Beneficial Insects Don't Rest on Labor Day

Beneficial insects can provide a lot of support in the garden. Natural enemies, which include predators, parasites, and pathogens, reduce pest populations and can help prevent damage to plants. Pollinators such as honeybees, native bees, butterflies, beetles, and other insects are essential for many vegetables you may be growing.

Natural Enemies

You may not have noticed many of these parasites, pathogens, and predators that help control pests in the garden, but they are there! Lady beetles (ladybugs), lacewings, and predaceous ground beetles are some common predators that you may find in your garden or landscape. These natural enemies eat soft-bodied insects including aphids, whiteflies, mites, and thrips. Parasites are organisms that live and feed inside a larger host. In the garden, these include small parasitic wasps that feed on aphids, whiteflies, and caterpillars. Some parasites attack eggs while others attack insects.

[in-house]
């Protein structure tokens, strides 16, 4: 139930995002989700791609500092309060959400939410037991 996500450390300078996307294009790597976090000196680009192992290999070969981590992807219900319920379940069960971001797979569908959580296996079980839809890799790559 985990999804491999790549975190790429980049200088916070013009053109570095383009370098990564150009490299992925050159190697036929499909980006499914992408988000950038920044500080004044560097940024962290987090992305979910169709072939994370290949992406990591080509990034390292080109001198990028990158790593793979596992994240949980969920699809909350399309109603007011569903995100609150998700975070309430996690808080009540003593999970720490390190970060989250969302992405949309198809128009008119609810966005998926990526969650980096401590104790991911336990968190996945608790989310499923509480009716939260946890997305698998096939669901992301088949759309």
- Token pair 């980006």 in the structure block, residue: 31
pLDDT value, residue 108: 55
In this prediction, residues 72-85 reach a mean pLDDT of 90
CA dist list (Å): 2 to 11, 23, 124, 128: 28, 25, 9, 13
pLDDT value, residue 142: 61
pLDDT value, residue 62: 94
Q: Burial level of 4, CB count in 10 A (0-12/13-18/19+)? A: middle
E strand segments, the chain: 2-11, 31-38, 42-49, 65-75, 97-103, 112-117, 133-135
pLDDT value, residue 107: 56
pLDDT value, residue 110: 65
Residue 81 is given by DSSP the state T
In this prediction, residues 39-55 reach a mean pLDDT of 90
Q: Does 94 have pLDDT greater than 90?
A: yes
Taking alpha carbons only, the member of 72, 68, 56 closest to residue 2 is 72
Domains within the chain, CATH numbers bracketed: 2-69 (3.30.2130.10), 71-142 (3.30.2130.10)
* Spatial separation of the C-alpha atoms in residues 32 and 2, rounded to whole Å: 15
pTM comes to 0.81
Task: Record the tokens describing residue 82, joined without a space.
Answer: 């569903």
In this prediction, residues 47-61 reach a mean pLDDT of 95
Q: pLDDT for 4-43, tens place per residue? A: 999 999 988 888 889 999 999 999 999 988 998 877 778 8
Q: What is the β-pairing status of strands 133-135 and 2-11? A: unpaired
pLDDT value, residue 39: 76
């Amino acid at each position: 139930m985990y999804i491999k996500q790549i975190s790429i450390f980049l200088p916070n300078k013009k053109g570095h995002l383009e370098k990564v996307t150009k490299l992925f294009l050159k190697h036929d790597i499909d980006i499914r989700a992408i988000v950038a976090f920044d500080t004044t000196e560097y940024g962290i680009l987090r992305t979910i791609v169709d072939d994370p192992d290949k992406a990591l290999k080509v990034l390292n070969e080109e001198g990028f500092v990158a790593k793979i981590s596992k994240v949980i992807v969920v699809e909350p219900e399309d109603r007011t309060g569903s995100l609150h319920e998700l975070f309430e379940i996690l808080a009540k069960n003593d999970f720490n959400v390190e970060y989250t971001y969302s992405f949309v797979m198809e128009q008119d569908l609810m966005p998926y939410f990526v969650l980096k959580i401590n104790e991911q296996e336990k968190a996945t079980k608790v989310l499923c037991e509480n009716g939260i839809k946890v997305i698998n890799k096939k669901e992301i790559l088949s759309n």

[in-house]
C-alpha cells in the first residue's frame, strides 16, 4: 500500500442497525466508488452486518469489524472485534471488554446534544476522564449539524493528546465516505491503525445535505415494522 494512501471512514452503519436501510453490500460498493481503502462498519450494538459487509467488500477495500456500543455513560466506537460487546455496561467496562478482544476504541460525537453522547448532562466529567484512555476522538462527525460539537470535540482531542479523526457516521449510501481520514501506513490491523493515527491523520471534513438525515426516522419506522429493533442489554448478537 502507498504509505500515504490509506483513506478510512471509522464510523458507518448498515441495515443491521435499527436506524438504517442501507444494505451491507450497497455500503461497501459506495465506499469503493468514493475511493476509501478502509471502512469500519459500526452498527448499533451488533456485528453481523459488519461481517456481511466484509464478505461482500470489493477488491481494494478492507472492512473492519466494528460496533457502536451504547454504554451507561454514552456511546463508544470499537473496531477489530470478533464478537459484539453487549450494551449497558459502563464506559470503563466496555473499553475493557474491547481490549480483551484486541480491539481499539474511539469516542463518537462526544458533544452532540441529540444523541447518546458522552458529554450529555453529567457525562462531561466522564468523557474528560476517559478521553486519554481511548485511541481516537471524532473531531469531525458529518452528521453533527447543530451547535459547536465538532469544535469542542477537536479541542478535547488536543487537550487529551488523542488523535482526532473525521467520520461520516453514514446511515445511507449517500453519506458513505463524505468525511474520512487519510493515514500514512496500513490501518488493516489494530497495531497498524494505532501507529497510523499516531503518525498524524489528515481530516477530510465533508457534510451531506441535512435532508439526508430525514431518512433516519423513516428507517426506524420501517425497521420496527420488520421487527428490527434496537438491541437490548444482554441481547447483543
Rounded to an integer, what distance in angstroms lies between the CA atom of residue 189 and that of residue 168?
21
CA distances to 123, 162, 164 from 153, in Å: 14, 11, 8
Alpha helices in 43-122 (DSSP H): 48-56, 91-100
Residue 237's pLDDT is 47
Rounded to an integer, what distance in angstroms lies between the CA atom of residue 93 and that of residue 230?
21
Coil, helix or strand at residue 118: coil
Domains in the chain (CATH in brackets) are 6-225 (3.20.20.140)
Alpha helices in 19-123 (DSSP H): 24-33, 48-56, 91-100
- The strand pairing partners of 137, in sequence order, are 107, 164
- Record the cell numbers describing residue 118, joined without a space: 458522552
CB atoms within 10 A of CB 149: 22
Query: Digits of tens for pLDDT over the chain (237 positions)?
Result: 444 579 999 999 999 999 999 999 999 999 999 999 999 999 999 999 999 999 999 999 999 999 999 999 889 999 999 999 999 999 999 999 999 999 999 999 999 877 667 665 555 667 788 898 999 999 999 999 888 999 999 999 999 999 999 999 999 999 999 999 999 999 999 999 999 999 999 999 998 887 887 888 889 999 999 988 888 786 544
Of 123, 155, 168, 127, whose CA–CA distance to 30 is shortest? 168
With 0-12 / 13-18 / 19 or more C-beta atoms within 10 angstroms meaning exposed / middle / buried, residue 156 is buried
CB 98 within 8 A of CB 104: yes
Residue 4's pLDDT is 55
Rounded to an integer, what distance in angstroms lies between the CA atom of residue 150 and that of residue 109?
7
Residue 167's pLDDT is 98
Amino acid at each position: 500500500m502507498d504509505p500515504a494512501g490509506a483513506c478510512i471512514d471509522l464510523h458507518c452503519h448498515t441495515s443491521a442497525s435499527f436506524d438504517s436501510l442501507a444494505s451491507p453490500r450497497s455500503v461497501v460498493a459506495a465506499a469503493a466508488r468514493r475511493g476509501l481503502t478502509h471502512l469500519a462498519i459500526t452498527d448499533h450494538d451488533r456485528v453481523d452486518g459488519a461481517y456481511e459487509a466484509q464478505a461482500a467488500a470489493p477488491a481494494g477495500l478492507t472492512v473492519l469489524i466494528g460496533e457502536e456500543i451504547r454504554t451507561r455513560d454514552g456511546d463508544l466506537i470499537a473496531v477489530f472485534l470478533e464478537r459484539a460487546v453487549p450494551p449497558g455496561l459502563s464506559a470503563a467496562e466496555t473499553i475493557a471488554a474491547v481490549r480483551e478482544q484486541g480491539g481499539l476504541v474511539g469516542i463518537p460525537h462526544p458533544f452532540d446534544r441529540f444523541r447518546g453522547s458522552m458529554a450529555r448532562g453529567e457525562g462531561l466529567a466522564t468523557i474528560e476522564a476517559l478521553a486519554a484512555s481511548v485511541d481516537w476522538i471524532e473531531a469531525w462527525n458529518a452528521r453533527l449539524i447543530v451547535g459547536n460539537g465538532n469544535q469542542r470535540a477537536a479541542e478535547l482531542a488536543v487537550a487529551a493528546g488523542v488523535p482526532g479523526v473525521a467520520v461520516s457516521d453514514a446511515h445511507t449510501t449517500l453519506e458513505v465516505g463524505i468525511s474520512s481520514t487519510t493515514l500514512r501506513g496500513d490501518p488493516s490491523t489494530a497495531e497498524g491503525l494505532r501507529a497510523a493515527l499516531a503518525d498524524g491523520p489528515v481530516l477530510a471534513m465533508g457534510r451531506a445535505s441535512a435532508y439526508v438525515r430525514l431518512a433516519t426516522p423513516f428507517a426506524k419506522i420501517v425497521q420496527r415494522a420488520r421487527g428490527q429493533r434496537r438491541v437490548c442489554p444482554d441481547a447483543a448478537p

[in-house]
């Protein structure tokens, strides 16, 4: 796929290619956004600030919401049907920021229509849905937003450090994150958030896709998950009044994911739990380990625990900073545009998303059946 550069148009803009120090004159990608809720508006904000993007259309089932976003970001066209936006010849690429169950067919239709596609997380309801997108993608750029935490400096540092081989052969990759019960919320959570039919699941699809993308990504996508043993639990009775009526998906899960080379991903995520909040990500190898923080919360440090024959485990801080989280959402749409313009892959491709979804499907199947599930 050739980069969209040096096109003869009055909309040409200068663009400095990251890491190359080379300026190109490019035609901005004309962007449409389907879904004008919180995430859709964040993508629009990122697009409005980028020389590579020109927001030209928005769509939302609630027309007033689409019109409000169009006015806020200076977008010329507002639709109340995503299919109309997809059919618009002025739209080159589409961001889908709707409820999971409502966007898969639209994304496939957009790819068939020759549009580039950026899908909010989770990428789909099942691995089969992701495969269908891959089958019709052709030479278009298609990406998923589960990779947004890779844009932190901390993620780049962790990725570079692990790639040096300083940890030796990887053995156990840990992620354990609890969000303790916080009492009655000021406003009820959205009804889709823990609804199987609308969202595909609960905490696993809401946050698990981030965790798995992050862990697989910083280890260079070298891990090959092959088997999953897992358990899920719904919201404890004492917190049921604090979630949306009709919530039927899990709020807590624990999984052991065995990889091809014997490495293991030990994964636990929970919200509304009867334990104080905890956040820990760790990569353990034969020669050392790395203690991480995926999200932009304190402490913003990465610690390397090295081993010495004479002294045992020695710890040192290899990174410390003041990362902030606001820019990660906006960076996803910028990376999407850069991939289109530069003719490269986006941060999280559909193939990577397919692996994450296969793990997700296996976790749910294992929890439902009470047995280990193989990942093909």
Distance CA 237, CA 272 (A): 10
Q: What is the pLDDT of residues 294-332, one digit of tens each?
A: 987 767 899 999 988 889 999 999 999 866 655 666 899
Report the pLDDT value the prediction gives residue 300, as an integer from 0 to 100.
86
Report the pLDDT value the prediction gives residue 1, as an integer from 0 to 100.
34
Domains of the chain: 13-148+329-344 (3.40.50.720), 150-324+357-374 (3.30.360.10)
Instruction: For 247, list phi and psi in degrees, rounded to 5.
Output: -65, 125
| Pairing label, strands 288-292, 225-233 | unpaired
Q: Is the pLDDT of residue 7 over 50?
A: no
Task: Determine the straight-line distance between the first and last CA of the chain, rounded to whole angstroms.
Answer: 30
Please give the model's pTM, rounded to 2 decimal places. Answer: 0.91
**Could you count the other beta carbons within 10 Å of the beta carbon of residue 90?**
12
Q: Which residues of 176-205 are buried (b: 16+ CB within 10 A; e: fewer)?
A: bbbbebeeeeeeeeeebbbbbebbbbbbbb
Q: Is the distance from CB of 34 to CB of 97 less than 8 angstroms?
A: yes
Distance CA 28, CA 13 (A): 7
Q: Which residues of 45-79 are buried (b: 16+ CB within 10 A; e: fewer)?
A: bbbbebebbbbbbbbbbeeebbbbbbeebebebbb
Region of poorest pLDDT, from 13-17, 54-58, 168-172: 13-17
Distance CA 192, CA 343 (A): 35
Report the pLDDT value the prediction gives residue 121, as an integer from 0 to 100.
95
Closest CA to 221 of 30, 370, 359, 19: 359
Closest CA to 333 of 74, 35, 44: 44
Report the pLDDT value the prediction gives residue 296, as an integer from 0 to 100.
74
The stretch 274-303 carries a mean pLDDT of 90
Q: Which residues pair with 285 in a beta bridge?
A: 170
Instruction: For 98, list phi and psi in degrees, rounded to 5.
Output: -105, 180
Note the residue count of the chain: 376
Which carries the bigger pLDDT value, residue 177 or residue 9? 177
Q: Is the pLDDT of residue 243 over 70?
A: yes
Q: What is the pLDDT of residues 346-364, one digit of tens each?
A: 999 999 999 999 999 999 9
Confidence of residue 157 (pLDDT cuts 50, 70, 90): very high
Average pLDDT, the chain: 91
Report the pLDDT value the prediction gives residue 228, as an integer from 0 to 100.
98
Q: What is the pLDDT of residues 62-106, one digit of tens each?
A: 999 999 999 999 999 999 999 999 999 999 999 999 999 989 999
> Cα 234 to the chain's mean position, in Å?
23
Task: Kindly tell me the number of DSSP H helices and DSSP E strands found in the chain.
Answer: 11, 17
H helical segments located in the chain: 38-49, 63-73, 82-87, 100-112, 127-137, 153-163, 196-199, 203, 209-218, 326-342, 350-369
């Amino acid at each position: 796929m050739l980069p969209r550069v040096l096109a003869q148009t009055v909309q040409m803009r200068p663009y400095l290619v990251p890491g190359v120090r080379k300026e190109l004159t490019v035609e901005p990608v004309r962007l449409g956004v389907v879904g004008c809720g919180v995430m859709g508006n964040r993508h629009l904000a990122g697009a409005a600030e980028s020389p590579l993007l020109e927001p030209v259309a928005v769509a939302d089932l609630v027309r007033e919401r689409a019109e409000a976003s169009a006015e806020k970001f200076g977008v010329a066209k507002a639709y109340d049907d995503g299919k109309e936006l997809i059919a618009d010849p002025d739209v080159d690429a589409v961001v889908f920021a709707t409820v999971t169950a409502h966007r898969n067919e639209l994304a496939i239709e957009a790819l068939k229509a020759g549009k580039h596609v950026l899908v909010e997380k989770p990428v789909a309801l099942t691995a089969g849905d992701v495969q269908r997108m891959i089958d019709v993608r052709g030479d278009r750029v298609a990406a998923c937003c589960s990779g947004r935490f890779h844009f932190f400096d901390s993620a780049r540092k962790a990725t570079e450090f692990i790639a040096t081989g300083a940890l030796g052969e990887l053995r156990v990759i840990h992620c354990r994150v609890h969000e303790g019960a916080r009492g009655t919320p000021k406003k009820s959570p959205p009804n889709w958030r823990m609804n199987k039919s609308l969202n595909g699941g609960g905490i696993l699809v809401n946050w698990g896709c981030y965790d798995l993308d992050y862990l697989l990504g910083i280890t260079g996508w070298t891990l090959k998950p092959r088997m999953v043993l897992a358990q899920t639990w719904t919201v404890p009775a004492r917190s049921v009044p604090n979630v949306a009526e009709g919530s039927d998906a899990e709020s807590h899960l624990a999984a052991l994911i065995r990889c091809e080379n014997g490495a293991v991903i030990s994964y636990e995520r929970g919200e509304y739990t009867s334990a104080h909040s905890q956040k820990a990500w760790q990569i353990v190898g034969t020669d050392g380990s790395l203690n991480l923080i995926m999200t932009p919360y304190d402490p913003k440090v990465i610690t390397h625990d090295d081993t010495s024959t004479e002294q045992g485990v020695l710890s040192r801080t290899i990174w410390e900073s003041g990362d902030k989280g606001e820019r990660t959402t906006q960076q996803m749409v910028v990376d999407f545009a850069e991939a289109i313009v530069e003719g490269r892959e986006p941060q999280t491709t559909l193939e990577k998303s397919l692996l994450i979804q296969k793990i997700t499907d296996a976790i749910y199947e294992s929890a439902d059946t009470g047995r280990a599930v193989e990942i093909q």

Our Pest Notes: Biological Control and Natural Enemies of Invertebrates and the natural enemies gallery on the UC IPM website has more information. For a handy photo guide, you can also download our Beneficial Predators and Parasites of Insect Pests Quick Tips cards in English or Spanish.


Honeybees get a lot of attention as pollinators but did you know there are many other pollinating insects? Bumble bees, native bees such as the squash bee, butterflies, moths, beetles, and even earwigs can help pollinate flowers in your gardens and landscapes.

For more information on pollinators, check out the UC Davis Arboretum and the California Garden Web.

To maintain healthy populations of beneficial insects, be sure to practice integrated pest management. See these resources on our website to protect natural enemies and pollinators. And as you relax this Labor Day weekend, we hope you'll take time to notice the beneficial insects laboring in the garden.